What to make of China’s massive cyber-espionage campaign

British Deputy Prime Minister Oliver Dowden. (File Photo: Reuters)
British Deputy Prime Minister Oliver Dowden. (File Photo: Reuters)


  • America and others offer rich details of what Chinese spies are up to

When calling out China, Western governments sometimes like to stand together. On March 25th and 26th America, Britain and New Zealand did so in a co-ordinated blast against Chinese cyber-espionage. American federal prosecutors accused China’s cyber-spooks of waging a campaign for years against a wide range of targets in the West, including critics of the Chinese Communist Party. Britain’s deputy prime minister, Oliver Dowden, said China showed “ongoing patterns of hostile activity targeting our collective democracies". New Zealand blamed state-linked hackers in China for a cyber-attack on the country’s parliament.

Both America and Britain placed sanctions on an alleged front company for one group of Chinese hackers, which they called APT31. They also imposed sanctions on two of the group’s alleged members, while America laid criminal charges against them and five other men. These actions are unlikely to have much impact on China’s efforts. The letters APT stand for “advanced persistent threat". This is technical jargon for an attack that involves lurking undetected in a target’s network. The words also happen to convey the West’s gloomy view of China’s cyber-onslaught.

Spotting a cyber-intrusion, let alone identifying those responsible, can take time. The incidents revealed by the three Western countries mostly occurred two or three years ago. Mr Dowden told Parliament that “Chinese state-affiliated actors" had penetrated the Electoral Commission’s email and file-sharing systems in 2021. The breach was first publicly declared in August 2023, when officials revealed that suspicious activity had not been identified until October 2022—more than a year after the hackers had broken in. The perpetrators would have had access to the addresses of Britain’s voters. Mr Dowden did not specify the group involved in that attack. But he said APT31 was “almost certain" to have been behind “reconnaissance activity" aimed at MPs’ email accounts in 2021. Most of those targeted were prominent critics of China.

The indictment filed in a New York court against the alleged seven members of APT31 offered rich detail of this team’s activities. The 27-page document said the group operated under the Hubei provincial branch of China’s Ministry of State Security (MSS), the country’s main civilian spy agency. Its front company, Wuhan Xiaoruizhi Science & Technology, was set up around 2010. Since then it has allegedly targeted thousands of politicians in America and elsewhere, as well as academics, journalists and pro-democracy activists. According to the document, it has also taken aim at people and companies in American industries deemed of “national importance", including those relating to defence, IT and telecommunications.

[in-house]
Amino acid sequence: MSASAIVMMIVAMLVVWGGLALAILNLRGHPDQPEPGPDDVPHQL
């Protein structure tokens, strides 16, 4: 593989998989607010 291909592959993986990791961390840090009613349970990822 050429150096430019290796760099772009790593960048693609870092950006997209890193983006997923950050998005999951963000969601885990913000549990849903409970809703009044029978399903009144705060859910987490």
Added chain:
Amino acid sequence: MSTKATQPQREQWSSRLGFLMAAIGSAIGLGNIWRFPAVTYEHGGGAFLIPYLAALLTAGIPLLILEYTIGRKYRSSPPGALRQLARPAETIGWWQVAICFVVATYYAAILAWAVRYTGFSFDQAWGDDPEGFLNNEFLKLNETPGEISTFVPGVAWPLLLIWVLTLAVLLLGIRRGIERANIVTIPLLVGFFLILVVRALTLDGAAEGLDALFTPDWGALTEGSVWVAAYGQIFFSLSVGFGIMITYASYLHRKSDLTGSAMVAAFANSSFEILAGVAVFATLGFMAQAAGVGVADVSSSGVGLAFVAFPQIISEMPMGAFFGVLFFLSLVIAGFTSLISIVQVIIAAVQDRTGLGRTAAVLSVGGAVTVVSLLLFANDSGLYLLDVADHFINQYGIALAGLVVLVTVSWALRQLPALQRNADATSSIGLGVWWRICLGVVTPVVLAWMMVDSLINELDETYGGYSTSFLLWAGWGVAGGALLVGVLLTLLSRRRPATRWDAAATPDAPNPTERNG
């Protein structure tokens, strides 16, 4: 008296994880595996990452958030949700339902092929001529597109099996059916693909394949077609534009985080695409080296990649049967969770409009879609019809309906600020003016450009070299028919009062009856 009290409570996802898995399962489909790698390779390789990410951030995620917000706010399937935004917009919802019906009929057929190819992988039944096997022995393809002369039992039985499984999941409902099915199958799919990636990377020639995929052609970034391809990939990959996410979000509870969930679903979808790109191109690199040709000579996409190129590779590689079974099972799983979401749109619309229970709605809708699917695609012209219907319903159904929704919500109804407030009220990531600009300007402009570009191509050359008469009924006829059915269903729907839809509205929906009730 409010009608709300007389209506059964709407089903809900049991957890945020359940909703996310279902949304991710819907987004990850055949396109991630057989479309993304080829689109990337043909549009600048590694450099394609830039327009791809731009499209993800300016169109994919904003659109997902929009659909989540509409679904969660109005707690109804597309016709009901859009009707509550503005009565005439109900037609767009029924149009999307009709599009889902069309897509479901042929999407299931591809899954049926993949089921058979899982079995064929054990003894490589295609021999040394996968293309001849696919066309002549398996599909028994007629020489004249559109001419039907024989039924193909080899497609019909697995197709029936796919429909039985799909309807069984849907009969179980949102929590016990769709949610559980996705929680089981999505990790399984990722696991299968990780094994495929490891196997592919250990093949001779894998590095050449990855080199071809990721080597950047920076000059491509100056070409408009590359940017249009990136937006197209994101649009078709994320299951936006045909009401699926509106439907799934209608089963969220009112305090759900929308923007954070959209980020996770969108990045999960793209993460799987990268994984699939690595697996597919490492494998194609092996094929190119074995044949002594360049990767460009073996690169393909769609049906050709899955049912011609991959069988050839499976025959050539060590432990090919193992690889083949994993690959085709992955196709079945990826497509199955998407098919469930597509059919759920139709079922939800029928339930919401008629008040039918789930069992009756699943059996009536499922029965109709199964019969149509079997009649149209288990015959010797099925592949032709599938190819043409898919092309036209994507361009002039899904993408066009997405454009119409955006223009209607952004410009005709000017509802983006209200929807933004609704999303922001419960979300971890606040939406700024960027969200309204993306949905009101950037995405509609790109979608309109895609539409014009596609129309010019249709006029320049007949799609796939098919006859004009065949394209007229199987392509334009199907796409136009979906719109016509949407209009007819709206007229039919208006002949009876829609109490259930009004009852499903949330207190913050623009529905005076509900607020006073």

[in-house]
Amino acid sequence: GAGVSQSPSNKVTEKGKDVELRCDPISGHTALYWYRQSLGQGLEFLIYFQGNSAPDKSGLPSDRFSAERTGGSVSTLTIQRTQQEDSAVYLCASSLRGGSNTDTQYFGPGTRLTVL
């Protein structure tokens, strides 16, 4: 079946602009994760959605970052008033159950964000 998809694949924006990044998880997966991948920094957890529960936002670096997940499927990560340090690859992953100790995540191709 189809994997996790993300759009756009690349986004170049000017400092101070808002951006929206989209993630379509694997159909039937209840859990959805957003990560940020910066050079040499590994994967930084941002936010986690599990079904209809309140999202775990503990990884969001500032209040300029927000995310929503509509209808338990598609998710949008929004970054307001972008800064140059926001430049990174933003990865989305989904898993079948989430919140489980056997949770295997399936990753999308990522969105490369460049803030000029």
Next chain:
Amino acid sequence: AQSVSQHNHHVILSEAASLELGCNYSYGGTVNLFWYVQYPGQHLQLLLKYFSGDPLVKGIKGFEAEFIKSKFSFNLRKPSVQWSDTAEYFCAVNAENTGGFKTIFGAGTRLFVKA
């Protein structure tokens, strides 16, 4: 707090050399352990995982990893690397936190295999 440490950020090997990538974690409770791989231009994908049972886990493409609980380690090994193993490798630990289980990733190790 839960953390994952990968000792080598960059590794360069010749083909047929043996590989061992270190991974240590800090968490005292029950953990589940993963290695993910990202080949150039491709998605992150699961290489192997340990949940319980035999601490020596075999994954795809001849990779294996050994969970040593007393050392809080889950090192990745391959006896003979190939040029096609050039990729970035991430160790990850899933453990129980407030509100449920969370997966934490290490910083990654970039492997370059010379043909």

The British played down the impact of the Chinese hacking it had detected—no elections had been affected and the targeting of MPs’ emails had been “blocked by Parliament’s cyber-security measures". New Zealand said another MSS-linked group, known as APT40, had been involved in the cyber-attack on its parliament in 2021, but this had not caused the leak of sensitive information. The American indictment, however, said APT31’s activities had “resulted in the confirmed and potential compromise of work and personal email accounts, cloud-storage accounts and telephone-call records belonging to millions of Americans, including at least some information that could be released in support of malign influence targeting democratic processes and institutions".

Mark Kelly of Recorded Future, a cyber-security firm, says his company is aware of about 50 hacking groups in China, including private firms working for the MSS or People’s Liberation Army. There are undoubtedly many more. Mr Kelly describes China’s cyber-espionage efforts as “orders of magnitude" greater in scale than those mounted by Russia or North Korea.

As the indictment shows, they are surprisingly devolved. Some of them specialise in spying on different parts of the world, says Nigel Inkster, a former deputy head of Britain’s spy agency, MI6. They have considerable leeway to do as they wish, he says: “I’m not even sure that there is any kind of formal political clearance mechanism." Much of their work is subcontracted to private firms. Last month a huge online dump of documents from one such company, I-Soon, showed its involvement in large-scale cyber-snooping on behalf of a variety of government agencies.

The West’s anxieties, not least about the hackers’ theft of corporate data, are becoming increasingly manifest. In January the head of the FBI, Christopher Wray, said that China’s state-sponsored hackers outnumbered his agency’s cyber-personnel by “at least 50 to one". He added that China’s hackers are laying the groundwork for a possible Chinese strike, “positioning on American infrastructure in preparation to wreak havoc and cause real-world harm to American citizens and communities."

Chinese diplomats have dismissed such accusations. A Chinese embassy spokesperson in London called Britain’s allegations “fabricated and malicious slanders". If the West hopes that naming, shaming and sanctions will dissuade the Chinese spooks, it is likely to be disappointed. As Mr Inkster puts it: “I don’t think Beijing is particularly concerned about the political ramifications of getting caught with their fingers in the till any more."

© 2024, The Economist Newspaper Ltd. All rights reserved. 

From The Economist, published under licence. The original content can be found on www.economist.com


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